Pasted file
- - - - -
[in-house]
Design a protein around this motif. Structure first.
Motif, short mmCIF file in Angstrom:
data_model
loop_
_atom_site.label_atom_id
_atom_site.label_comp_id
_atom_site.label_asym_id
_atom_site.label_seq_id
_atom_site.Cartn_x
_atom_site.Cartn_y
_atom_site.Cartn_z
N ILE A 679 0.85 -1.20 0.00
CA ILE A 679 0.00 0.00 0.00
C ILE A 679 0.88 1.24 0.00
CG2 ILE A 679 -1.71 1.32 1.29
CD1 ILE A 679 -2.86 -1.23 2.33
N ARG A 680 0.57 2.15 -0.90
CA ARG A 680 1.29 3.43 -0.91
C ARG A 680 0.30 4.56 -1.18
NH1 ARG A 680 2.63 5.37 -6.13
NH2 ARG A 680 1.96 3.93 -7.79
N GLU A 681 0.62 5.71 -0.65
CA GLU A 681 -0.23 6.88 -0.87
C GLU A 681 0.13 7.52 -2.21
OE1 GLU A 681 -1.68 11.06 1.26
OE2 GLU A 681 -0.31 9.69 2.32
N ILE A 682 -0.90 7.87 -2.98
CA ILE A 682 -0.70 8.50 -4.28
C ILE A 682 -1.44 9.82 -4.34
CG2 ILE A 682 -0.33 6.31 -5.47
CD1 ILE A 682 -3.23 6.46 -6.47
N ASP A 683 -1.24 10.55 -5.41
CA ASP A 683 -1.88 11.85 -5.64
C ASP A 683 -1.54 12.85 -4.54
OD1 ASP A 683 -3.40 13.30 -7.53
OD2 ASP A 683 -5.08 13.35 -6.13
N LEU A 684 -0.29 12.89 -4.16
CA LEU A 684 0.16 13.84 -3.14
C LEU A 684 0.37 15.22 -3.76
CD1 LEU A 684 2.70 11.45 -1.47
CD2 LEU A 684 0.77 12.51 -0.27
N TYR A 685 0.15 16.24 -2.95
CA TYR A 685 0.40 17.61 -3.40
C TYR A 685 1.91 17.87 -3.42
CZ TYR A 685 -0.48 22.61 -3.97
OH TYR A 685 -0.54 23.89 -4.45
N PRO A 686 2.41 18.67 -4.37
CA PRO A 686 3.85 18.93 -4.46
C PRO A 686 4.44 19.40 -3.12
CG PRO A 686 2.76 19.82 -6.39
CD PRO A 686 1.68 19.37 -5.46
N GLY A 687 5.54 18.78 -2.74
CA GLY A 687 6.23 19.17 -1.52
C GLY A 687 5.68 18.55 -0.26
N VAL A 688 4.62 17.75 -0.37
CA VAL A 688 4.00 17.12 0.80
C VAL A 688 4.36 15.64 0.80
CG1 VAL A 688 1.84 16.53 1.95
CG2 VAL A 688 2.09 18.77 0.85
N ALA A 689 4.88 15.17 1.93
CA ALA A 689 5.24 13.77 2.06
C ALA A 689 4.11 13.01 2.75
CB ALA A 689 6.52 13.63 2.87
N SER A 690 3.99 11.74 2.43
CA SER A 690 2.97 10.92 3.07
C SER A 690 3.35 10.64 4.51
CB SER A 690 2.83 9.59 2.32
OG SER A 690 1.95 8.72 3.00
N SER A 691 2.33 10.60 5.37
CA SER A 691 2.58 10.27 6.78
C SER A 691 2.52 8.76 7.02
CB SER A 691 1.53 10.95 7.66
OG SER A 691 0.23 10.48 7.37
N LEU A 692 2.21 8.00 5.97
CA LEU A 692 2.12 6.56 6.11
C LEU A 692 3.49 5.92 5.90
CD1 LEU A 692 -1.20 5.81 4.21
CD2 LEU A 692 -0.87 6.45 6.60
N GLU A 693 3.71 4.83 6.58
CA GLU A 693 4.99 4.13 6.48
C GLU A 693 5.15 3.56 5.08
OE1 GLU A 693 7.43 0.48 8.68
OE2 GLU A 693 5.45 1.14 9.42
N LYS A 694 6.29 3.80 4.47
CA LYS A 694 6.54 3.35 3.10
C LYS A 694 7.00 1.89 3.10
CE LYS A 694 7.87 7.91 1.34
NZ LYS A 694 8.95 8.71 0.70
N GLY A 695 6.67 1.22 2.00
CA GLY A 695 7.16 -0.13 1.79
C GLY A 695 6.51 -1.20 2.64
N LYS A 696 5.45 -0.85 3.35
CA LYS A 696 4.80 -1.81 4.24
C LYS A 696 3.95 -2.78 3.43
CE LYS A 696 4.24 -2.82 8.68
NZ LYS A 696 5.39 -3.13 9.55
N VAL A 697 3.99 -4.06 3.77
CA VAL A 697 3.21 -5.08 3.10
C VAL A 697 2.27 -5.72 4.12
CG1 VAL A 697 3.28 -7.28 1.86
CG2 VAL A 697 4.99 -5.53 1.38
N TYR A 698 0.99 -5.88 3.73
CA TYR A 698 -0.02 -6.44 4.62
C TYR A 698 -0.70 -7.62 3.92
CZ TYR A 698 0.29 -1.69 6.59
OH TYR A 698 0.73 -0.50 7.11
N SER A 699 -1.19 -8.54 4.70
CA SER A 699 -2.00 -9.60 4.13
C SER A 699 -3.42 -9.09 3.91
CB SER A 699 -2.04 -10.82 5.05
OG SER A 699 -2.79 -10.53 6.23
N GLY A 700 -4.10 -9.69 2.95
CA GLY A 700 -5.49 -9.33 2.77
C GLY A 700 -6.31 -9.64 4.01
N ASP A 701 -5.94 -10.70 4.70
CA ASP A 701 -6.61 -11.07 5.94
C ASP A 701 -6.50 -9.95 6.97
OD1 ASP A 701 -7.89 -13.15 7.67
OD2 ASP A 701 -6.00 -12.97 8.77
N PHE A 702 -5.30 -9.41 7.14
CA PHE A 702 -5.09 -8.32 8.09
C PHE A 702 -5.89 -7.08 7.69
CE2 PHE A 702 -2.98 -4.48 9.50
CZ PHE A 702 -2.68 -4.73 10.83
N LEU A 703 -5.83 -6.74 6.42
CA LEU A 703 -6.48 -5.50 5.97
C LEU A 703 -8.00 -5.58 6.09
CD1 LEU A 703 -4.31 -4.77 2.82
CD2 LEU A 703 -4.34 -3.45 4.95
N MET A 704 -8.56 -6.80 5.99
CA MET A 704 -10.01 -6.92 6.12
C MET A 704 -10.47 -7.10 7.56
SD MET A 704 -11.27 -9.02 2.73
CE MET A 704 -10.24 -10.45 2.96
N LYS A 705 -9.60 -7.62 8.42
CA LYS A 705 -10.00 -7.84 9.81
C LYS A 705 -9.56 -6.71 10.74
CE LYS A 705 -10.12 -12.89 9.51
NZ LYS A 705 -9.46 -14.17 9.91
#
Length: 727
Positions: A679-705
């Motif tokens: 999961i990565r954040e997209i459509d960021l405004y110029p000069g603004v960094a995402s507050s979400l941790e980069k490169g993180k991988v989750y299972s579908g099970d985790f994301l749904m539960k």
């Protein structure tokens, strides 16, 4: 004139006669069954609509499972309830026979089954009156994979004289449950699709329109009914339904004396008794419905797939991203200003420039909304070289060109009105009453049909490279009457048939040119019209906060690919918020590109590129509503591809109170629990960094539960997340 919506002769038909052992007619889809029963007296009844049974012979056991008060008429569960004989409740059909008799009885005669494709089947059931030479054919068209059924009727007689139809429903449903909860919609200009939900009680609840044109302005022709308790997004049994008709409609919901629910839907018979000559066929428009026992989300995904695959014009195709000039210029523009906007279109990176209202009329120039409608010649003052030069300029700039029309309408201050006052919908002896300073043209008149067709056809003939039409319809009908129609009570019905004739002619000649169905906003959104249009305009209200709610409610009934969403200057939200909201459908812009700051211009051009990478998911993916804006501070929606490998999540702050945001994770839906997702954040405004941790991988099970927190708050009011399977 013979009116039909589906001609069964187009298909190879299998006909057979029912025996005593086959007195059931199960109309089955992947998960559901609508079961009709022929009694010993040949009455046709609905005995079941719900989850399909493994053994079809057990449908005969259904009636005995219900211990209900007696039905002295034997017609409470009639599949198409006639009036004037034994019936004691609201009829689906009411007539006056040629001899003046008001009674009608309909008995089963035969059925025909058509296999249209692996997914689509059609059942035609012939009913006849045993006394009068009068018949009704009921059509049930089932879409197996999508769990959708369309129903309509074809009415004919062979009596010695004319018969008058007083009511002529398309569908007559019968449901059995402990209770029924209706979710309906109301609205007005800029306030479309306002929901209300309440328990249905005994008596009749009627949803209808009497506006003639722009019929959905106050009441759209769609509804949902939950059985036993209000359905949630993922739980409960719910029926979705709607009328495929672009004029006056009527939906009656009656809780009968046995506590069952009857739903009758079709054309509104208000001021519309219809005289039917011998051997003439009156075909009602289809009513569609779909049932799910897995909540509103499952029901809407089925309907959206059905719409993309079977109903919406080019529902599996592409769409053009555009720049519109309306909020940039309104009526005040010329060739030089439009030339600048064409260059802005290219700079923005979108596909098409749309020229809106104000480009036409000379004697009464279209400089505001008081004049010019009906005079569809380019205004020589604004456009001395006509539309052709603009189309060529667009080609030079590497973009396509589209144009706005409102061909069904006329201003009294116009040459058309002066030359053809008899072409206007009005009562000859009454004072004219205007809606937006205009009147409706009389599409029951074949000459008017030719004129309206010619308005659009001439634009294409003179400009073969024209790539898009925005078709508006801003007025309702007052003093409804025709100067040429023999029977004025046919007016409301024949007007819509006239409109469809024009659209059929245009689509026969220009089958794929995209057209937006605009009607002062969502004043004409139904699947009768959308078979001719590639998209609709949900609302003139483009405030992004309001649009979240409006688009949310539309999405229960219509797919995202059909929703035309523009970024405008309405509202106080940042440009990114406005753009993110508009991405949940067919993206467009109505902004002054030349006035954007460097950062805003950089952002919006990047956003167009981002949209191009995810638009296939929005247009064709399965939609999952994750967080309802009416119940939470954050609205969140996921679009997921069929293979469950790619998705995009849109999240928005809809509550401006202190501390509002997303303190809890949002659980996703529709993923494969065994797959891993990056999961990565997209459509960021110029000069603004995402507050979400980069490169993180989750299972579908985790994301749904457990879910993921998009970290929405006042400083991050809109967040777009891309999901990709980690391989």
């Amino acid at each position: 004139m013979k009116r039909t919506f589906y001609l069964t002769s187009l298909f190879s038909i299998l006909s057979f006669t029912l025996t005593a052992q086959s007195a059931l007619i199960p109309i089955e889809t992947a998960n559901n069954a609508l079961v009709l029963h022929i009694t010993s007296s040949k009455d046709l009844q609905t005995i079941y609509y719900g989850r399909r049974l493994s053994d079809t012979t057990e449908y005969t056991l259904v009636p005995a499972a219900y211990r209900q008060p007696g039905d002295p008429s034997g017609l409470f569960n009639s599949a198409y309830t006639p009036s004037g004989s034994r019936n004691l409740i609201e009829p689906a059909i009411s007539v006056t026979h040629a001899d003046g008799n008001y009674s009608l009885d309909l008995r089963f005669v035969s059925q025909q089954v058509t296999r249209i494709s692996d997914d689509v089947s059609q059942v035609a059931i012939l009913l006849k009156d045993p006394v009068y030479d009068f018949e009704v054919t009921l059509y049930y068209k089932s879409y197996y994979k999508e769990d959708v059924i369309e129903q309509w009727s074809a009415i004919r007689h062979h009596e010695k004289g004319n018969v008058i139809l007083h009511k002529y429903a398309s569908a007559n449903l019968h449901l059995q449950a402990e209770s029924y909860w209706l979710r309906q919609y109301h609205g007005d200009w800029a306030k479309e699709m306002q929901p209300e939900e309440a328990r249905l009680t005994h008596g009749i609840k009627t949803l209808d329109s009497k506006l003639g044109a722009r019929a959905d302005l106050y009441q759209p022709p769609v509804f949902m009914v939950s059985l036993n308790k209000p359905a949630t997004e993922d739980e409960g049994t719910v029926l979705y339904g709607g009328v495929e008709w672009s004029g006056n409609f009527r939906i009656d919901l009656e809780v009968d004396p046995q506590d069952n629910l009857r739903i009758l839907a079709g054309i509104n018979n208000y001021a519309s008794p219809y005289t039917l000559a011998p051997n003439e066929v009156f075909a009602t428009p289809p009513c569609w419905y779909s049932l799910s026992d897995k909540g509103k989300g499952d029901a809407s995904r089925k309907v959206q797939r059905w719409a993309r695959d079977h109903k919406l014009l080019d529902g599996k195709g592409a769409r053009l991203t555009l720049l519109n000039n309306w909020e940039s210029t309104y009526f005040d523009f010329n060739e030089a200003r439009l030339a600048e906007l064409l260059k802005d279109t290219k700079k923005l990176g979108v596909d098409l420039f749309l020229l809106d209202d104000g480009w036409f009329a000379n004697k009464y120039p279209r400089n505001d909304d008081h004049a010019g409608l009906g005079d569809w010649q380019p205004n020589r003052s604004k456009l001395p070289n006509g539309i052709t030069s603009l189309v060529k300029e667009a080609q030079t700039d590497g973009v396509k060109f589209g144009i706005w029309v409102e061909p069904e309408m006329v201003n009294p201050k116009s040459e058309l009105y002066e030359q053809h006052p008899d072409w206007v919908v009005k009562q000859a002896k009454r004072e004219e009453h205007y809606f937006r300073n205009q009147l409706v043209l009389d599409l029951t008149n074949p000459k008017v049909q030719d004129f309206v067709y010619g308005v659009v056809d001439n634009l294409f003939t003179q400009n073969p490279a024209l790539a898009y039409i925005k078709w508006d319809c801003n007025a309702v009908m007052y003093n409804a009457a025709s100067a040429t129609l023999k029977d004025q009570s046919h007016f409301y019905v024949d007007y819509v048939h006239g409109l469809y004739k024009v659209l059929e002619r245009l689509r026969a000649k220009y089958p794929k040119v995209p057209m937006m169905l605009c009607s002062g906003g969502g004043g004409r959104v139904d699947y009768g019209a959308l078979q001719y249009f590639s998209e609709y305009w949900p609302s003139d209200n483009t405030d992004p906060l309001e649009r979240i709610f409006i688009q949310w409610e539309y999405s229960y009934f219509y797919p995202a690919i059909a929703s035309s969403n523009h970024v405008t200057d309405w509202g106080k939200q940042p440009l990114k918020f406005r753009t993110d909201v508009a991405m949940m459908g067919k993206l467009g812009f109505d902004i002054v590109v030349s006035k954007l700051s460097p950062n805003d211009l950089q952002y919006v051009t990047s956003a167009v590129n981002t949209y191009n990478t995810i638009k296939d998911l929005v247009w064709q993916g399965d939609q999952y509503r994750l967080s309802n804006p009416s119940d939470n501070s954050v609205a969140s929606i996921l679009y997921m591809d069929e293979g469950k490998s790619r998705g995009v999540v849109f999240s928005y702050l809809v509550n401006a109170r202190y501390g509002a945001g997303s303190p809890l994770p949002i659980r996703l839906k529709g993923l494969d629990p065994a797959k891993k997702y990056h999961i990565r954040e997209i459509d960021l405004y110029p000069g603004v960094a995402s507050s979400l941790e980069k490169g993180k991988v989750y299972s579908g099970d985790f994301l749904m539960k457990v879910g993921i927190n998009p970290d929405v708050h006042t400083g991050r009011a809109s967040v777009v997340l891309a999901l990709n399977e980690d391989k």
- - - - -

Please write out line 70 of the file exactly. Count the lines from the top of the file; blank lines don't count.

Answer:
N SER A 691 2.33 10.60 5.37